Private schools are less successful at getting students into university than academies, according to a recent analysis of UCAS data.
The data shows that 87.81% of the 91, 485 academy school-leavers were successful in applying to university, a marginally higher success rate of 87.14% for private school students.
The statistics suggests that those attending academies, grammar schools, and sixth-form colleges have a better chance of enrolling in higher education than those who were privately-educated.
Academies are a relatively fresh educational phenomenon, introduced under New Labour. Since the mass expansion under the coalition, scores of schools have transitioned to academy status, releasing themselves from local authority control. Such schools still receive funding from the state.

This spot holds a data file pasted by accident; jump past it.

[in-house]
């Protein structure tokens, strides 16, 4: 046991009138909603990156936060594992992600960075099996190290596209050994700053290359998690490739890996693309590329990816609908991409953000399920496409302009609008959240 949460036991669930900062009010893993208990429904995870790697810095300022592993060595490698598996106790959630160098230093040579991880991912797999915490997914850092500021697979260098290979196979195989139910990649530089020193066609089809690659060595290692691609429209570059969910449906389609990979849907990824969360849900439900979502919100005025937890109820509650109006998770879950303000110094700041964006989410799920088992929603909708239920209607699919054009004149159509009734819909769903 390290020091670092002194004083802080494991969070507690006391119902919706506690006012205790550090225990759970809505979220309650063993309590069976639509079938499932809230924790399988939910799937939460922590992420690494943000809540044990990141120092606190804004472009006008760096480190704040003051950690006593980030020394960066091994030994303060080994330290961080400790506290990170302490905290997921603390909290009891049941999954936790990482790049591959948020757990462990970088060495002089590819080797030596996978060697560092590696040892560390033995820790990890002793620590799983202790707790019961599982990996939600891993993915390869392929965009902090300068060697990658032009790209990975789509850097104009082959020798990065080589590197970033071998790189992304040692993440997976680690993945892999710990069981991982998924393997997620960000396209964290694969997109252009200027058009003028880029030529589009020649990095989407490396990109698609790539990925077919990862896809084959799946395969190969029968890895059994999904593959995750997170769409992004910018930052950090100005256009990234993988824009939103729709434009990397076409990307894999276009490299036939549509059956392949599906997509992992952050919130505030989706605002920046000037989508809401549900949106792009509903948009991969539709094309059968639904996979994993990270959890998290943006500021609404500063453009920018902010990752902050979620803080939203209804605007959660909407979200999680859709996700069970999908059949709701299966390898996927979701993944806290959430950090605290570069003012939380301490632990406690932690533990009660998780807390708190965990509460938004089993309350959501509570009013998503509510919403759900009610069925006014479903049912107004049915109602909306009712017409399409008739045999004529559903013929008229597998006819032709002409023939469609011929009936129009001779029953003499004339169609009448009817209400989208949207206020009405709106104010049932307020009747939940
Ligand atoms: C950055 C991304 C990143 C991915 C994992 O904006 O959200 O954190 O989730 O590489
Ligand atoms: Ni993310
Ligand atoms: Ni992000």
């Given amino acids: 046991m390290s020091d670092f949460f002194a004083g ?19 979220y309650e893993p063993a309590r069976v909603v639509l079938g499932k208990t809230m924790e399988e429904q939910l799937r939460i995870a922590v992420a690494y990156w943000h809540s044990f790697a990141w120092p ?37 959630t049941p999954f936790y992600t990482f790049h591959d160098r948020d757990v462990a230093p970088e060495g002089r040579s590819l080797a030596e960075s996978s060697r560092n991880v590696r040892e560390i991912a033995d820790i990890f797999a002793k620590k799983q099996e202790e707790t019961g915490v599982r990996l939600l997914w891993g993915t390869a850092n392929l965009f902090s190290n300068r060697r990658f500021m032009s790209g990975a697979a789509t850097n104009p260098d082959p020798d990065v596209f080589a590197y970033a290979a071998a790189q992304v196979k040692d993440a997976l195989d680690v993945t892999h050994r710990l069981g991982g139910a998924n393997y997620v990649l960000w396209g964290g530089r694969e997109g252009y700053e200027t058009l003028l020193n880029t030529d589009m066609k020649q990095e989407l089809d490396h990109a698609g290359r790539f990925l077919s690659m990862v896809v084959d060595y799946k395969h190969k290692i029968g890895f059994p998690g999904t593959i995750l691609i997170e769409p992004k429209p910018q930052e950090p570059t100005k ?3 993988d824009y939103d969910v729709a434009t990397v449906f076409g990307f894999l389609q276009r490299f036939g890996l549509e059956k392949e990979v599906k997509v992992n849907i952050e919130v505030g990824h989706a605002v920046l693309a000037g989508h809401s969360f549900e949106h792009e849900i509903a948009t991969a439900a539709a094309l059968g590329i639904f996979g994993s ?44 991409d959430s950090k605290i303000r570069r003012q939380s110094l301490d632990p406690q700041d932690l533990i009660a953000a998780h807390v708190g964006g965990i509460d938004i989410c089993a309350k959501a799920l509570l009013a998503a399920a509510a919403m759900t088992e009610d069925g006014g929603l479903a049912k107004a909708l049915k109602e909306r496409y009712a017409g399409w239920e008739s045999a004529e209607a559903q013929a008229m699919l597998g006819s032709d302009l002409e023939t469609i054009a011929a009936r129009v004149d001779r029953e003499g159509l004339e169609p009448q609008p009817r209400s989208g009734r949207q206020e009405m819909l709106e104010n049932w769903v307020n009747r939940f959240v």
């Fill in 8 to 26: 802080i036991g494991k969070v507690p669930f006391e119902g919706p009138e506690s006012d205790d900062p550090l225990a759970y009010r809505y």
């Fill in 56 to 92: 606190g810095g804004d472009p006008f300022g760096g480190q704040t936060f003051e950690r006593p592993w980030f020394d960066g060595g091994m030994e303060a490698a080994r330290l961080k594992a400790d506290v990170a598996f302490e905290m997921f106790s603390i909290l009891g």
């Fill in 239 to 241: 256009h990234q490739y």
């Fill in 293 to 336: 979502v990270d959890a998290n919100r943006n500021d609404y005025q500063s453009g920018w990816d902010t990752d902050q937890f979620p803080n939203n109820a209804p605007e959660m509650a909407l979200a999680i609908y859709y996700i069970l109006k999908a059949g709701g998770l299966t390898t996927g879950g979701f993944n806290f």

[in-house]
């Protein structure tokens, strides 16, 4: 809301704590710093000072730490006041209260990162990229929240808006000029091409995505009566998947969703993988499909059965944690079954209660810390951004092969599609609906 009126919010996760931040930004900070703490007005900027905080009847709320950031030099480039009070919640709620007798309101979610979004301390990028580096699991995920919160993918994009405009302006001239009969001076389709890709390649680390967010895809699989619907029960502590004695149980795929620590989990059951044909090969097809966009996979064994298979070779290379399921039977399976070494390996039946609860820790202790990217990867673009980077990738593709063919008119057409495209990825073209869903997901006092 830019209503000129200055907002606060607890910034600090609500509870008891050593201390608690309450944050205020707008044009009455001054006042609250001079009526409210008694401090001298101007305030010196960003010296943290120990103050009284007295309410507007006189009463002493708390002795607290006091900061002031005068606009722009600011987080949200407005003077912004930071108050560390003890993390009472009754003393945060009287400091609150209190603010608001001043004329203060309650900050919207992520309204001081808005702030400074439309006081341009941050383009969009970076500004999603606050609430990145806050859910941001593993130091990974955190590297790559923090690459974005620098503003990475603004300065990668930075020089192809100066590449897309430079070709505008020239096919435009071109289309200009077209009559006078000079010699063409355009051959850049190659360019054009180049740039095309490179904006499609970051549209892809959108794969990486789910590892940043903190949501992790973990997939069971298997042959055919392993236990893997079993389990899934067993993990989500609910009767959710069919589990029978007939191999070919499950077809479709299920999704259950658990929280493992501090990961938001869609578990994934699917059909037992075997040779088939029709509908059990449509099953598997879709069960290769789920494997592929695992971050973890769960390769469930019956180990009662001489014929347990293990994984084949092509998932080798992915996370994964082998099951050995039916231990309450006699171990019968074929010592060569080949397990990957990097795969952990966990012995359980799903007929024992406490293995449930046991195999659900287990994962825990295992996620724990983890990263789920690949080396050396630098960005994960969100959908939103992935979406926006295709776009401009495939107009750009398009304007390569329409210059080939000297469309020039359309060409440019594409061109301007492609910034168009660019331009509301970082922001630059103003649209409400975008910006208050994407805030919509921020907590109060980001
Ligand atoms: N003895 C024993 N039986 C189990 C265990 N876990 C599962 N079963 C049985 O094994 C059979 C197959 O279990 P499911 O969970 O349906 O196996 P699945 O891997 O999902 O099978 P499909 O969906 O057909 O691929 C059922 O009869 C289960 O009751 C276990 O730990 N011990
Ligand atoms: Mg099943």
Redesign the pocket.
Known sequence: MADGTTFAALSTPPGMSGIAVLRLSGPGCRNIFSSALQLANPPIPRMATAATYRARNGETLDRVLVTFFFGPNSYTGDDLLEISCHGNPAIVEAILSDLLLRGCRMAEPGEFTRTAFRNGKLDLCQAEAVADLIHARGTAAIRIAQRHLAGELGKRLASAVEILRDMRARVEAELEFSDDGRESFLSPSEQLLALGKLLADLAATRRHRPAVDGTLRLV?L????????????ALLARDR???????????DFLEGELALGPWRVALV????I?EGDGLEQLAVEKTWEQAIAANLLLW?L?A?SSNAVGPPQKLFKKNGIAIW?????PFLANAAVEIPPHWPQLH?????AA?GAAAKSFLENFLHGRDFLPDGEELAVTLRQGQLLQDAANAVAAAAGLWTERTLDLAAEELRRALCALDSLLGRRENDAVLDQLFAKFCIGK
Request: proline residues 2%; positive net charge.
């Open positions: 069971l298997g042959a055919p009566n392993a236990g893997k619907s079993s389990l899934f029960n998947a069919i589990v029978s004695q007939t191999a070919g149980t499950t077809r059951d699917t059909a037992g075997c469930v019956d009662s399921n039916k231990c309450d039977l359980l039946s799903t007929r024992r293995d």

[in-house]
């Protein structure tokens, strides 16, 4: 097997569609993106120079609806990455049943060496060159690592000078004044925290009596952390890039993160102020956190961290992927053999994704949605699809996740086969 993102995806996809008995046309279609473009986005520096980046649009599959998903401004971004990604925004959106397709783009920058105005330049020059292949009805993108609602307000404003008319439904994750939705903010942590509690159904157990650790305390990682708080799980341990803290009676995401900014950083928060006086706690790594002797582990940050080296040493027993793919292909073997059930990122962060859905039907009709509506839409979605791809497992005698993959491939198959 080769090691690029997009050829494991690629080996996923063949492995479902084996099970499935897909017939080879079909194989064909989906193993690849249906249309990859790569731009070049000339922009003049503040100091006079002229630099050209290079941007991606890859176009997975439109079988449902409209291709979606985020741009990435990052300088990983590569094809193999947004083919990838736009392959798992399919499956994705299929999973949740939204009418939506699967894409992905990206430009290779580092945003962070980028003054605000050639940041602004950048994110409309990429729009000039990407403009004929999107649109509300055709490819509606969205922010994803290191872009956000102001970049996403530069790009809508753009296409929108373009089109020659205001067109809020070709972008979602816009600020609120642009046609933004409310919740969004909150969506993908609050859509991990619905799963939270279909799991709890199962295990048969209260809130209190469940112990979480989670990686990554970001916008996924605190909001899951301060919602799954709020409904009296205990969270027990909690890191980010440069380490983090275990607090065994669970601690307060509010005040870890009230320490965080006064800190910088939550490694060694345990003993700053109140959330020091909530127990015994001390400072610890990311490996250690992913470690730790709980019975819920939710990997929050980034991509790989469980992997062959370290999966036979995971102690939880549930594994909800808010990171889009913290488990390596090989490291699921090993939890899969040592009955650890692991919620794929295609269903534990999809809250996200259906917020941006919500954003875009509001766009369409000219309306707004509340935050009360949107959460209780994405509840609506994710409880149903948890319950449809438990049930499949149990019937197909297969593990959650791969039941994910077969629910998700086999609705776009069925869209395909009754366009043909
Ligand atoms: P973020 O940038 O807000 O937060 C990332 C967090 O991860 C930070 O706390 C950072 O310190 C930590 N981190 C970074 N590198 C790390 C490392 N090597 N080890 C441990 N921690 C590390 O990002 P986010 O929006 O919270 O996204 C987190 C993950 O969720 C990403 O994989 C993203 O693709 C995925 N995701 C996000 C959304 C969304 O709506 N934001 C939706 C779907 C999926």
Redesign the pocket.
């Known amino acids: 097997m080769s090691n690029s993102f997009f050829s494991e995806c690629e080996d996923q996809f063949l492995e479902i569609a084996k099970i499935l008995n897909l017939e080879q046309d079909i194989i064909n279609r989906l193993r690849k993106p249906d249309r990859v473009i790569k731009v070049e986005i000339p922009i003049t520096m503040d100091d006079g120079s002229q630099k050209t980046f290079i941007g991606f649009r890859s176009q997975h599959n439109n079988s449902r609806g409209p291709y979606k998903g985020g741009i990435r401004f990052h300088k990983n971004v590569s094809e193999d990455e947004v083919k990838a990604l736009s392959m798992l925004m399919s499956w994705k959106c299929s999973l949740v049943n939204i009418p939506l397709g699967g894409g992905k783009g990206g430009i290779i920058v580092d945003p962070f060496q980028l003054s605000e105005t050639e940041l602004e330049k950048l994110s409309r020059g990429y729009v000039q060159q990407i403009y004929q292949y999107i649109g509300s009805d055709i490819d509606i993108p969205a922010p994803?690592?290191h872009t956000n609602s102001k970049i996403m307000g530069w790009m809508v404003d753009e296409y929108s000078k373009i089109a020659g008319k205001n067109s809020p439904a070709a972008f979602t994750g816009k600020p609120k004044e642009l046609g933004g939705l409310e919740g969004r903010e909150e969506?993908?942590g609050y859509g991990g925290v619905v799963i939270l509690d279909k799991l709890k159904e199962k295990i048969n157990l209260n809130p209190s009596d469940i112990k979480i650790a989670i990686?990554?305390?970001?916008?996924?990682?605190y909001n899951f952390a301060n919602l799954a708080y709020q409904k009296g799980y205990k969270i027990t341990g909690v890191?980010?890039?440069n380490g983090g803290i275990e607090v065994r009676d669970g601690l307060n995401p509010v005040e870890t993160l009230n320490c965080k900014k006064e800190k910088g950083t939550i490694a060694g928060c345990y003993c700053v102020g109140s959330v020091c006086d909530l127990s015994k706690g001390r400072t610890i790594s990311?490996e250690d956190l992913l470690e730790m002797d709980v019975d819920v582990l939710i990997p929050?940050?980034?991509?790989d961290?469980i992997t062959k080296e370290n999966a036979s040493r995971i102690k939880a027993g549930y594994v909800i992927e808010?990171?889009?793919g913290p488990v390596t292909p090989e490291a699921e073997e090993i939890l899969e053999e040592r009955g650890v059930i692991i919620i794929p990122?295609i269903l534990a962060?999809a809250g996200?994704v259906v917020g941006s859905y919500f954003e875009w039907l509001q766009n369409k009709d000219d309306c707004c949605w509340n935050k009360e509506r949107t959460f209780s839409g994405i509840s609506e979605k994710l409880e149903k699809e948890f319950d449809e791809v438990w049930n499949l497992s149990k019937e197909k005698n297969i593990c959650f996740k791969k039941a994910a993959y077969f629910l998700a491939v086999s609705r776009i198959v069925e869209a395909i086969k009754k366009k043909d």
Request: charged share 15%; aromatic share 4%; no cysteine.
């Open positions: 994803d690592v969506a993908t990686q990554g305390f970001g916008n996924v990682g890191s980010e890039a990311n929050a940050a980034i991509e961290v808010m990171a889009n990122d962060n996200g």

The issue of these schools falling outside of the authority of local government has been exposed by a lack of school places, with forcing academies to regulate places not an option.
The UCAS data does not show which universities pupils from different types of schools are applying to. One possible explanation of the findings is that private school pupils are applying for more competitive institutions.
This perceived effectiveness of state-funded institutions is interesting to scrutinise, at a time when the Labour party has discussed the abolition of private schools at its party conference.